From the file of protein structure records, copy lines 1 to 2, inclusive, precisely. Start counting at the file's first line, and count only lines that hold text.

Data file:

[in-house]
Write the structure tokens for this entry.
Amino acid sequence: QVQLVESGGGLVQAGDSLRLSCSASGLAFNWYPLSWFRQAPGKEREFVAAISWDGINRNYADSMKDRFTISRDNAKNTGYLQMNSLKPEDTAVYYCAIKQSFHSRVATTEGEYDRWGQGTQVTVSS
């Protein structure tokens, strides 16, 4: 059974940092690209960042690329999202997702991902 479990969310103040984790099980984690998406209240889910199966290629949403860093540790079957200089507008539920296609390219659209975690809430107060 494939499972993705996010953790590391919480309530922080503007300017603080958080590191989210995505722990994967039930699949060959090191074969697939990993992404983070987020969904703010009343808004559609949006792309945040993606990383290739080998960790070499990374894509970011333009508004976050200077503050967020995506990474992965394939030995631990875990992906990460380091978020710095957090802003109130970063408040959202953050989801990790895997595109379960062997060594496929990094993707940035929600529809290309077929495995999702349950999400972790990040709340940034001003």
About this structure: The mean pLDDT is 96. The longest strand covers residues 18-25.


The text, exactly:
[in-house]
Write the structure tokens for this entry.